Kasparov concedes that he would not stand a chance against today’s computer. He says [1:22.25]: “The problems that humans are facing is that we are not consistent, we cannot play under great pressure. Our games are marked by good and bad moves – not blunders, just inaccuracies. They remain unnoticed in human chess, but are very damaging when you are facing a machine.” He has a very interesting analogy: 90% accuracy is good enough for translating a news article, but 90% accuracy for driving a car, or even 99%, is a bad day on the road.

So competing with computers in chess is “about our ability to play high-quality moves for many hours. Human psychology works against us. If I have a computer, even a very weak one, at my side, the tables could be turned, and I or some strong GM would be able to beat a very powerful computer, because I can guide the machine and definitely eliminate blunders, the very root of human weakness when facing the computer. That is why I am promoting the idea of combining our forces.”

Kasparov is referring to Advanced and Freestyle Chess, where humans are allowed to use computers during their games, a form of play he invented and promoted. “The future belongs to human and computer cooperation,” he believes, “man plus machine decision making. We are entering a new era, and there is nothing definite about it – the outcome is not already decided. In the last few decades we have moved from utopian sci-fi to dystopian sci-fi, with machines like the Matrix and Terminator. It could be, but it very much depends on us, on our attitude and our ability to come up with new ideas. It’s up to us to prove that we are not redundant.”

article by Frederic Friedel, source chessbase

Nov 21, 2016

Carlsen-Karjakin, Game 7: New move, same result

A dramatic moment in the match! After getting nowhere with 1.e4 in three games with White Sergey Karjakin switched to 1.d4. Were we about to witness a turning point? Not exactly… Once again World Champion Magnus Carlsen proved to be better prepared, though what followed was something of a comedy of errors that saw the players stumble to a 7th draw in a row. Only five games now remain before potential tiebreaks on Magnus Carlsen’s 26th birthday.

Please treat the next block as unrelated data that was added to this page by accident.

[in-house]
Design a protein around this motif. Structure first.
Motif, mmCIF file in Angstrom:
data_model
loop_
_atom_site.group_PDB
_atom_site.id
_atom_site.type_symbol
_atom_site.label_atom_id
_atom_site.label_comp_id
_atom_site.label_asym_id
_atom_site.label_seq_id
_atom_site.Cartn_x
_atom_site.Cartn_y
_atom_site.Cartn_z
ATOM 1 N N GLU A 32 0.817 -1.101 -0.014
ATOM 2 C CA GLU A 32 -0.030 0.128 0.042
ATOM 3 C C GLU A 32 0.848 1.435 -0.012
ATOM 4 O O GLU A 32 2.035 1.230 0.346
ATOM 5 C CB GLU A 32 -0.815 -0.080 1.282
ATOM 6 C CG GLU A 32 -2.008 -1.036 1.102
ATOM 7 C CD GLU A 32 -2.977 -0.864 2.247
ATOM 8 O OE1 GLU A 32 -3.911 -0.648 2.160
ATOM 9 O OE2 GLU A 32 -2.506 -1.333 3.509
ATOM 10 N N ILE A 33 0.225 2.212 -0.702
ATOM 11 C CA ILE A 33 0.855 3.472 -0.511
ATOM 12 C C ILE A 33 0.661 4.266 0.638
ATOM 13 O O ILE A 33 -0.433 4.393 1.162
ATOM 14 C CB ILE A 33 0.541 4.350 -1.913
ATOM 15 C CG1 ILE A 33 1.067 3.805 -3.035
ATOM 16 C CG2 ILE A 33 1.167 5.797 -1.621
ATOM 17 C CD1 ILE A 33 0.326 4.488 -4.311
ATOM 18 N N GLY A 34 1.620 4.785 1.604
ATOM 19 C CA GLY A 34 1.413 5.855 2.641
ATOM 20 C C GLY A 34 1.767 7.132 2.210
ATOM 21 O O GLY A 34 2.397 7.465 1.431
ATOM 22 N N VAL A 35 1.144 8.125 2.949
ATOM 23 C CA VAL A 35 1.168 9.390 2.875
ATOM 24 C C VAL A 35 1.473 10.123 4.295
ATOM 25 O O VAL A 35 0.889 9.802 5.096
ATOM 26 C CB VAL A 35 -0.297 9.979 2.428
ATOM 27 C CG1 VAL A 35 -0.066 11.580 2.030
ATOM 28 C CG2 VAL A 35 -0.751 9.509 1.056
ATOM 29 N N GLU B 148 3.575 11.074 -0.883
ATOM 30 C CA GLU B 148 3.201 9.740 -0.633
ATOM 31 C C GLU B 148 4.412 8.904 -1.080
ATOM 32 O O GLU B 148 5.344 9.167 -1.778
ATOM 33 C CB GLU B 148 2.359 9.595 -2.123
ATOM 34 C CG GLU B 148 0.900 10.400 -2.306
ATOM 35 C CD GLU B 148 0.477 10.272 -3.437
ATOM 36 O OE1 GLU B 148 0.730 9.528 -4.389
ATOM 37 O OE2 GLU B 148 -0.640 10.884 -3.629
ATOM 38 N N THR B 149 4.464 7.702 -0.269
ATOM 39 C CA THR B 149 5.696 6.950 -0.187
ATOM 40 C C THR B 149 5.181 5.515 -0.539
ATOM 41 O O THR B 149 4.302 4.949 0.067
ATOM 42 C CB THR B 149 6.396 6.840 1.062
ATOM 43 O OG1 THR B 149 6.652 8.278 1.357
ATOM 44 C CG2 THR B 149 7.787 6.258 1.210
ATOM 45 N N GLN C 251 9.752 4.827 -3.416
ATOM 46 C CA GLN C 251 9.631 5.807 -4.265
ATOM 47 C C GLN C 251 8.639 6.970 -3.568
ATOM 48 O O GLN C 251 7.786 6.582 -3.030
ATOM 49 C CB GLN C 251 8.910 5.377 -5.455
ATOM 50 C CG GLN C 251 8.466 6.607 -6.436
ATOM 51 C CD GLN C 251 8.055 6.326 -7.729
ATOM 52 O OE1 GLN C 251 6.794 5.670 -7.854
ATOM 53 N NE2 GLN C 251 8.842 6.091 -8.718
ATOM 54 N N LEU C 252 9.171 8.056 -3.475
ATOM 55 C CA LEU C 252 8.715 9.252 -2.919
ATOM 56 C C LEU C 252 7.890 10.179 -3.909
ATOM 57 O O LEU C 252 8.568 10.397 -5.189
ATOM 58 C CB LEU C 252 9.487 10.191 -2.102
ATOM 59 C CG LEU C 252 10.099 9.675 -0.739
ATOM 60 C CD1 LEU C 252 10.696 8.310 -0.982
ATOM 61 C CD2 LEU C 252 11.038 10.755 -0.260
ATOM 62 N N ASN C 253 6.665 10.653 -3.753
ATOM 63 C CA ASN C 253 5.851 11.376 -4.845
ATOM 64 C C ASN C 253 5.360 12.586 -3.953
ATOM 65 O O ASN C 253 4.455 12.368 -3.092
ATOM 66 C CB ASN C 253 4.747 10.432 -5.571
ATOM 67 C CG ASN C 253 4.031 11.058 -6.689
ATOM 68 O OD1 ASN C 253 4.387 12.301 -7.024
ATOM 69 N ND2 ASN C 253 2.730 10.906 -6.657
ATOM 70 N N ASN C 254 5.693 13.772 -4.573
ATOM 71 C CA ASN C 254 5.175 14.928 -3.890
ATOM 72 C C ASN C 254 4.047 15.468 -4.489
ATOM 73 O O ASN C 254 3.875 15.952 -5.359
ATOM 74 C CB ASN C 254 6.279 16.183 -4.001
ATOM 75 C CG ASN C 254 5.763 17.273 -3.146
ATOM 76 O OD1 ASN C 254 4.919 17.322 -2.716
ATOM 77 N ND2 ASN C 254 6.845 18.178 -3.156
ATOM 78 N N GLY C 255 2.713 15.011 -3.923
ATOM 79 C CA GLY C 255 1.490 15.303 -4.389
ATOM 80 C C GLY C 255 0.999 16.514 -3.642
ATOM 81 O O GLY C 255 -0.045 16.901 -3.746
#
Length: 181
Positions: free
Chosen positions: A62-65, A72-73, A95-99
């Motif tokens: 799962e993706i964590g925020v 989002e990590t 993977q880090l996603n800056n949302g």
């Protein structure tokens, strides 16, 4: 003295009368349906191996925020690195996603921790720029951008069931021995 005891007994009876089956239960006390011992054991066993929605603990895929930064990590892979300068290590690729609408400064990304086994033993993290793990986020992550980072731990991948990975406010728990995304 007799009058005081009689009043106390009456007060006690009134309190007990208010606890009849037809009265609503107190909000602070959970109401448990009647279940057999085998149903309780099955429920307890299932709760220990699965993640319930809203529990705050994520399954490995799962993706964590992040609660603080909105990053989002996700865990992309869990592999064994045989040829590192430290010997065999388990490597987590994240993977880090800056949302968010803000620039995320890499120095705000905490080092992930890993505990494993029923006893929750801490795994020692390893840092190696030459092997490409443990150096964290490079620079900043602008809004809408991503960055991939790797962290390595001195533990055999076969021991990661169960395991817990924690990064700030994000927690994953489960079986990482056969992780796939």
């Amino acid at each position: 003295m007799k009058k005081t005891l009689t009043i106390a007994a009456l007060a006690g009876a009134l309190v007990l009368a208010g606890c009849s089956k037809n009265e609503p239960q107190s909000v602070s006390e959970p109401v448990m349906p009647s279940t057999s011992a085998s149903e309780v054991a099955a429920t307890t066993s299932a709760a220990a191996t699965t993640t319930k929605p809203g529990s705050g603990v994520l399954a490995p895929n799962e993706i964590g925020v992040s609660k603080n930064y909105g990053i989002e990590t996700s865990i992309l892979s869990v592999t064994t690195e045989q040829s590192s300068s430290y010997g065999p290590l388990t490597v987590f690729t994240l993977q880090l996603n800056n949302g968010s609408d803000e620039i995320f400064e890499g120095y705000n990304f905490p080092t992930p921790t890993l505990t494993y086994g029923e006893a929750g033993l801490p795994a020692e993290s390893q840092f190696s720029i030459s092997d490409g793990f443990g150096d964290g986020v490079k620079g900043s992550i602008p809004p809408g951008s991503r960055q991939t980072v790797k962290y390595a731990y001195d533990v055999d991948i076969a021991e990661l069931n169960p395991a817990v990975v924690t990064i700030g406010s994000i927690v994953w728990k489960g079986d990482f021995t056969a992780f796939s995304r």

What happened in the intervening few moves? Well, first Magnus rushed 15…0-0 without seriously considering what appeared to be the very serious option of 15…f5, later shrugging that move off with an irritated “dunno” in the press conference…

chess24

Apr 18, 2017

2017 GRENKE Chess Classic in Karlsruhe

This was the last round of the 2017 GRENKE Chess Classic to be held in Karlsruhe, and it didn’t disappoint. “In such a position it’s about surviving one move at a time”, said World Champion Magnus Carlsen after staring defeat in the face against women’s no. 1 Hou Yifan. Once again that was the only draw, as Levon Aronian beat Maxime Vachier-Lagrave with astonishing ease, Fabiano Caruana crashed home in style against Georg Meier and Arkadij Naiditsch won his second game with Black to continue the baptism of fire for 19-year-old Matthias Bluebaum.
Enjoy live comment of the GRENKE Chess Classic 2017 on chess24. On the commentator board is GM Peter Leko, GM Jan Gustafson, IM Lawrence Trent and GM Klaus Bischoff.

The Easter holidays are a festive season for the German chess fans. From 15th to 22nd April the GRENKE Chess Classic 2017 will be held. This is a grandmaster tournament in a class of its own.. World Champion Magnus Carlsen will participate in the tournament. He won the last run of the GRENKE Chess Classic 2015 and wants to defend his title.

His strongest competitors are the top ten players Fabiano Caruana, Maxime Vachier-Lagrave, and Levon Aronian. Arkadij Naiditsch also wants to join in the race for the tournament victory again. The grandmaster competing for Azerbaijan stood up brilliantly to the World Champion two years ago. In a legendary final he fought against Carlsen in the tiebreak for the tournament victory, which the Norwegian only ensured in a final Armageddon match.
The organizers take great pleasure in announcing the participation of the strongest female chess player of the world, Hou Yifan. The team of eight players is complemented by the German national player Matthias Blübaum and Georg Meier. For the 19-year-old Blübaum it is the first participation in a grandmaster tournament of this category and a great test. He qualified through his victory at the GRENKE Chess Open 2016 over many strong grandmasters.
The following eight grandmasters are going to compete against each other in one round at the GRENKE Chess Classic 2017 (Elo-ratings according to the list of 1st March 2017)

World Chess Champion Magnus Carlsen comes to Karlsruhe and Baden-Baden to defend his title of the GRENKE Chess Classic 2017.
Top chess grandmasters such as Magnus Carlsen, Fabiano Caruana, Maxime Vachier-Lagrave, Levon Aronian, Arkadij Naiditsch, Hou Yifan, Matthias Blübaum and Georg Meier are participating in the German grand slam of chess.
GRENKE Chess Open: 13th – 17th of April: Karlsruhe Schwarzwaldhalle

GRENKE Chess Classic: 15th – 17th of April: Karlsruhe Schwarzwaldhalle 18th – 22th of April: Baden-Baden Event-Akademie.

See also:

  • Official website
  • All the games with computer analysis on chess24
  • GRENKE Classic 1: Caruana and MVL toppled
  • GRENKE Classic 2: Magnus-Lev thriller | 100% Hou Yifan